Captivating KISII – Esther finds hope through Micro-Finance
Over 110 single mothers, foster parents, and potential foster families are part of a Small Business development initiative put in place between Captivating and a Kenyan based MFI called ACDF. This program has as it’s key objective the desire to see orphaned children in this community fostered by families who care. The biggest issue is not finding willing families – it’s about helping them be able to financially afford to care for the child.
Meet Esther with her grandchildren. These children were born by Esther’s niece who is now deceased. Alice was the mother of these children before she passed away earlier this year after suffering for a long time. Their father abandoned them several years earlier having started drinking locally made brew. For so many years he has never came back home – he is assumed dead. These five children are staying with Esther in her one room house near the town where she sells vegetables. Financially, this was not sustainable and Esther was deeply concerned how she could keep caring for them.
This is Esther at her business. After Captivating became aware of her problem, our regional Program Manager (Everlyne) and partner (ACDF), came in and offered help. She received a micro loan to enable her business to expand into a more sustainable and profitable business. She now sells onions at both retail and wholesale levels.
Here’s how it works for Esther: she buys a 50kg tin of onions at Ksh.1500 and sells it for Kshs.2500. On Mondays and Thursdays which are market days in Kisii township, she makes at least about 1,000 or more daily. In four weeks she makes on average Kshs, 12,000 i.e $ 150.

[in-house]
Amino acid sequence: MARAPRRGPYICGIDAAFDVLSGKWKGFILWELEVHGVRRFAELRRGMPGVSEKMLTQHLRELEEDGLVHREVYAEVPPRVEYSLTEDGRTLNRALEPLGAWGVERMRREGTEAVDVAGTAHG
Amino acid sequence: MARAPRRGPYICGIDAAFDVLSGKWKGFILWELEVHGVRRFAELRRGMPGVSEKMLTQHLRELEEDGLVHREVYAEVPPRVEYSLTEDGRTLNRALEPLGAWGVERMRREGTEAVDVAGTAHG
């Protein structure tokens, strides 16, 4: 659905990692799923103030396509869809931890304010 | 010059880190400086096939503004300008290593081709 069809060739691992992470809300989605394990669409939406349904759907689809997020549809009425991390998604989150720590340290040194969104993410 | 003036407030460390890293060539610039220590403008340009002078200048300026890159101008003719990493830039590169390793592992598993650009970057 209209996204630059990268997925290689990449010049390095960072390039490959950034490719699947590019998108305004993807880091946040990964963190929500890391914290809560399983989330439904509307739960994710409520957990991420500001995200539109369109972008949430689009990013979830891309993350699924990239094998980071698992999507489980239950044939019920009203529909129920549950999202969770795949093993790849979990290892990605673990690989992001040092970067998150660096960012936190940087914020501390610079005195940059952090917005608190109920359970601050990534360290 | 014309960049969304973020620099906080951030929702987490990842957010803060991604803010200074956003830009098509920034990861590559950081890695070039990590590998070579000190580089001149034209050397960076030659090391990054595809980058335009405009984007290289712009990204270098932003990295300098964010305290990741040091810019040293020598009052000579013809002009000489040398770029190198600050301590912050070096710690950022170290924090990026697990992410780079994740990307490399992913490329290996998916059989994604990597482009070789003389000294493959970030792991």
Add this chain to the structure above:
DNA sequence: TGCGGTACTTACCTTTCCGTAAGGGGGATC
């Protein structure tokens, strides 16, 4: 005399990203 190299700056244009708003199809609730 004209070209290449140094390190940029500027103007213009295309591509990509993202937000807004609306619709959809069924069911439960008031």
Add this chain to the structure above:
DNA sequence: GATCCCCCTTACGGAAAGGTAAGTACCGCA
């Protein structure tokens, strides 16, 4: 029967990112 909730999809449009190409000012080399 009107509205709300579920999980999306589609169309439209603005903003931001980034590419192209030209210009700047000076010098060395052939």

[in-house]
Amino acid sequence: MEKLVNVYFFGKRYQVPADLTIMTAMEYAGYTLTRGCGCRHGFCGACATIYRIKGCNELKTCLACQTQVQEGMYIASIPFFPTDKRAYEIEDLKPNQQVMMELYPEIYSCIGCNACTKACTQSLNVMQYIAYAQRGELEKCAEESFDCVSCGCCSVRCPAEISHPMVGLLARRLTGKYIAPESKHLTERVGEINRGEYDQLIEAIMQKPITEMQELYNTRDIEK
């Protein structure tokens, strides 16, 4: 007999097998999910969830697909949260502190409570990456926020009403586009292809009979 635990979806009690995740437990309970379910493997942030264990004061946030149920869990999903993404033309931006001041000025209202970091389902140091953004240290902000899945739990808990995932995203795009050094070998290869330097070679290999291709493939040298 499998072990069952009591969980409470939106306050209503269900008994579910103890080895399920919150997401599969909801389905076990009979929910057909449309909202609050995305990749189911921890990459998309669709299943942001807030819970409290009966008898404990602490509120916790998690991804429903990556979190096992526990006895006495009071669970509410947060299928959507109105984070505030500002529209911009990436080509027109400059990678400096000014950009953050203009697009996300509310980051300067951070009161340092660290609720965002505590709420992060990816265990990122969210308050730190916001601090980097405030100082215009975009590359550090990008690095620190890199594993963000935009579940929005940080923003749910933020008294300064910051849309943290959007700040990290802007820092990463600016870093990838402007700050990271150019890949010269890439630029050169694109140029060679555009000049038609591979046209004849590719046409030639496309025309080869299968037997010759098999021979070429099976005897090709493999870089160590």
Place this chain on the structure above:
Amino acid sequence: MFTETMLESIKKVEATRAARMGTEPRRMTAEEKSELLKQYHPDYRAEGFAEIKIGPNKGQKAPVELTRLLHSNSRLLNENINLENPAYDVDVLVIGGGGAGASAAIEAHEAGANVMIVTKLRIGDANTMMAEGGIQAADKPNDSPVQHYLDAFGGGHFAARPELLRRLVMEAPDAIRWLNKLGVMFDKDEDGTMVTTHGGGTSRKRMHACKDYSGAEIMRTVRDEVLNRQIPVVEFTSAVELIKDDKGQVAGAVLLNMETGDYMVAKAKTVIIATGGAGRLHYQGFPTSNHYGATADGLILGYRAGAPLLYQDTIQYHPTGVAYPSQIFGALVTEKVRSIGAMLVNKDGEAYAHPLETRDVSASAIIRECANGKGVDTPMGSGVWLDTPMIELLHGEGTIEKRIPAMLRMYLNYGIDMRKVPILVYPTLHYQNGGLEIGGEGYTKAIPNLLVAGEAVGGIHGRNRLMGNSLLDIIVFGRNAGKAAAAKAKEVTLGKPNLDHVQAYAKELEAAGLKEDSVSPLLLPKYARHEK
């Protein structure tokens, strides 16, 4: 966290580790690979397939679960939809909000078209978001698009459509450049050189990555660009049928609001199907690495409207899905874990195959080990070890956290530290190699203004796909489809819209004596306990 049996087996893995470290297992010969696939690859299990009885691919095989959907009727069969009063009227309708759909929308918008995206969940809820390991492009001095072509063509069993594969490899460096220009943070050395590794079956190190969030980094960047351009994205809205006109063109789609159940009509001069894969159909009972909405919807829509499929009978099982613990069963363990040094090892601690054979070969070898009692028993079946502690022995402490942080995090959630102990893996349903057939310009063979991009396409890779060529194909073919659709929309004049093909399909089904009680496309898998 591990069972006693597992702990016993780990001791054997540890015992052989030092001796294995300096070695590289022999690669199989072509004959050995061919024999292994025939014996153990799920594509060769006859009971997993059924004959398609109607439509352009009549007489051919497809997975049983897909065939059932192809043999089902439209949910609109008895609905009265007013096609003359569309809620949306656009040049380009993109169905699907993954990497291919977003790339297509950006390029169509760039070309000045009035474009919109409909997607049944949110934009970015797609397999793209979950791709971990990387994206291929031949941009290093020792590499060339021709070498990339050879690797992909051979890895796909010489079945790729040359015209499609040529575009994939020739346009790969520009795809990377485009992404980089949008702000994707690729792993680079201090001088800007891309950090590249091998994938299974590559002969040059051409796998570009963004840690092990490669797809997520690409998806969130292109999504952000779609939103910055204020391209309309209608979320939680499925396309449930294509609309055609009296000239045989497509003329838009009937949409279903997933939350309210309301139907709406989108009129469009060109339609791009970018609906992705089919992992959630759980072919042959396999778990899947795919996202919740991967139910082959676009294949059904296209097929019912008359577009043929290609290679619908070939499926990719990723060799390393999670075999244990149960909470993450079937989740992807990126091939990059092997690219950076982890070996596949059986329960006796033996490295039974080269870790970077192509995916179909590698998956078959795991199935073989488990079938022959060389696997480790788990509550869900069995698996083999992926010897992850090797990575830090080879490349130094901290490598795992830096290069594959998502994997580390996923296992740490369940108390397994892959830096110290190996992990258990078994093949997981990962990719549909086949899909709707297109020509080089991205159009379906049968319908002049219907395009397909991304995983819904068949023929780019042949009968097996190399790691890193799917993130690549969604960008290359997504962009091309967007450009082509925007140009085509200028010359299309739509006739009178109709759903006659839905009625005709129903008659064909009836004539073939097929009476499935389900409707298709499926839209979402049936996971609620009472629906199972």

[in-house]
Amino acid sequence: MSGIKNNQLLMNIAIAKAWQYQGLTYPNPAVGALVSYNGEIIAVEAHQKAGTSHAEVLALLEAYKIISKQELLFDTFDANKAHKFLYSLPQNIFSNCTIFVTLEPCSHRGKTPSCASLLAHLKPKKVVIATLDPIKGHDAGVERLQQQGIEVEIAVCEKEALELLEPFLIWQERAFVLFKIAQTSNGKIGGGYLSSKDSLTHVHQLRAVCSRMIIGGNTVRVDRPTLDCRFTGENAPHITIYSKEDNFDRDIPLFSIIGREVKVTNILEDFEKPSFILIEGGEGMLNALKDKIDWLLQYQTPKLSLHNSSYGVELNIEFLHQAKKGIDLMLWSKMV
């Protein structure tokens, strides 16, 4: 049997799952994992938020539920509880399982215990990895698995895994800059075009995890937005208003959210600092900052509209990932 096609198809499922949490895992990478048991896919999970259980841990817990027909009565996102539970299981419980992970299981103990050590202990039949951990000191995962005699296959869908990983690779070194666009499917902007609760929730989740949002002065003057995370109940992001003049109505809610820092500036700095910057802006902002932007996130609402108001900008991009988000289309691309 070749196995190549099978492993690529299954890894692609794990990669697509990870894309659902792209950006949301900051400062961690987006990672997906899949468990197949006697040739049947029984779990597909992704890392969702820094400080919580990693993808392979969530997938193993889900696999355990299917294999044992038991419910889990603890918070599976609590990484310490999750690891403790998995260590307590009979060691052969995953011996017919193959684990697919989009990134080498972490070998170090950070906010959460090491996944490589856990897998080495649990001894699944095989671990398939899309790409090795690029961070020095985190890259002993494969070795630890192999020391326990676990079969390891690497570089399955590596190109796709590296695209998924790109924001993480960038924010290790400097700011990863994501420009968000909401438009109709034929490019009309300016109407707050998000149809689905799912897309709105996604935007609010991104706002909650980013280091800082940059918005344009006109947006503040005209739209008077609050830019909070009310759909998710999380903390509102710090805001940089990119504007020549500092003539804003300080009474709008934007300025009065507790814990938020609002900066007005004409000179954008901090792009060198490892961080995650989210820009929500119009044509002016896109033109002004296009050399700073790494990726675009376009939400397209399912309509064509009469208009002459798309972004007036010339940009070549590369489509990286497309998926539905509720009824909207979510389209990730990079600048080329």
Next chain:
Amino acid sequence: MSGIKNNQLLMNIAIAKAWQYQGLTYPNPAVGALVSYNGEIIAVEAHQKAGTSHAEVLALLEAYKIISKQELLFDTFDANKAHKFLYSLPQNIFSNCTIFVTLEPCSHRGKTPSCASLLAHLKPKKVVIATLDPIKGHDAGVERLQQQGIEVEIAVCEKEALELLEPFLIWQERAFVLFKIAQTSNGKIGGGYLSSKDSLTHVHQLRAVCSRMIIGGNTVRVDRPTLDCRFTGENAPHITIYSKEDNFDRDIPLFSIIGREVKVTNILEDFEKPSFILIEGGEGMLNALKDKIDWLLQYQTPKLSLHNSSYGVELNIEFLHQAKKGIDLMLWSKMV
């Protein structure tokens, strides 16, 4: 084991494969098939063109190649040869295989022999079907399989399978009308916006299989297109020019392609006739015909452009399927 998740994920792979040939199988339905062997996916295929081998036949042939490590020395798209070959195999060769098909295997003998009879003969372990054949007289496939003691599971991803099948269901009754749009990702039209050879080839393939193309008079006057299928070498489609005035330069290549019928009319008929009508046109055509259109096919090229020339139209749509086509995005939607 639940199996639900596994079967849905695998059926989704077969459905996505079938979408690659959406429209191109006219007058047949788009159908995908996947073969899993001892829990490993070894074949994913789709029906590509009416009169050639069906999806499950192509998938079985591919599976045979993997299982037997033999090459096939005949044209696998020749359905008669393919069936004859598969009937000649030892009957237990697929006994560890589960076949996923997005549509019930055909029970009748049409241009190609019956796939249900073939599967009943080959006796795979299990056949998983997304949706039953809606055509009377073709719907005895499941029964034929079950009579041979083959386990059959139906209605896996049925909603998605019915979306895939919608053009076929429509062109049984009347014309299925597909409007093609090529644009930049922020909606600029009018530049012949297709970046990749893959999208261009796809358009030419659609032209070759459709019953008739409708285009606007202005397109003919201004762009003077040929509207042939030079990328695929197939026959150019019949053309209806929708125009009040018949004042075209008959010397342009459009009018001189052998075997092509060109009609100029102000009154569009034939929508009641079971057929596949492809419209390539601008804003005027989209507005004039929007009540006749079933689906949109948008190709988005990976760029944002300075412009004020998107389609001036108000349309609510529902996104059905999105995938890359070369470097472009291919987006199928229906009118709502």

Out of the profit she makes her small loan repayment, pays the rent, buys food, clothing and education for the children, then ploughs whatever remains back into her business to keep it expanding. She anticipates her business would have grown come January when they are going back to school, so that she can pay their school fees. Although life is still hard for Esther, she is living with a light of hope.
Little Joel became an orphan when his mother passed away but was recently adopted by his step grandmother, Nyanchoka. He is four years old and is expected to start school next year. Nyanchoka has been living alone since her husband died. Before Joel came into her home, she spent most of her time at her small tea farm, just waiting for the end of the day, then go home to her lonely house.
In celebration of International Women's Day (March 8), we recognize Gladys and the many other women just like her who have amazing stories of endurance, empowerment, and hope. With the help of the Foster Family Loan's Program in Kenya, she has grown her small fire-wood business to sell second-hand clothes around the community. This is an important step for her to provide for herself and her new-found family.
As a toddler, Michael was found abandoned near an orphanage entrance one morning. The workers took him in and gave him food and shelter. Michael stayed there til the age of three. This is when Venice enters his world. Venice and her husband tried for five years to have a child but were not able. They decided to adopt an orphan who needed a family, so they visited the orphanage and that's when they met Michael. They knew right then that Michael was meant to be theirs.
Jared's mother enjoyed drinking and also gave the brew to her little boy. Often, the villagers would find the mother very drunk and little Jared sleeping in the cold. Jared would often get sick and almost died a few times. Finally, Jared's mother couldn't take care of him any more so she decided to sell Jared to one of her customers. Jared was sold for Kshs. 450 (US$4).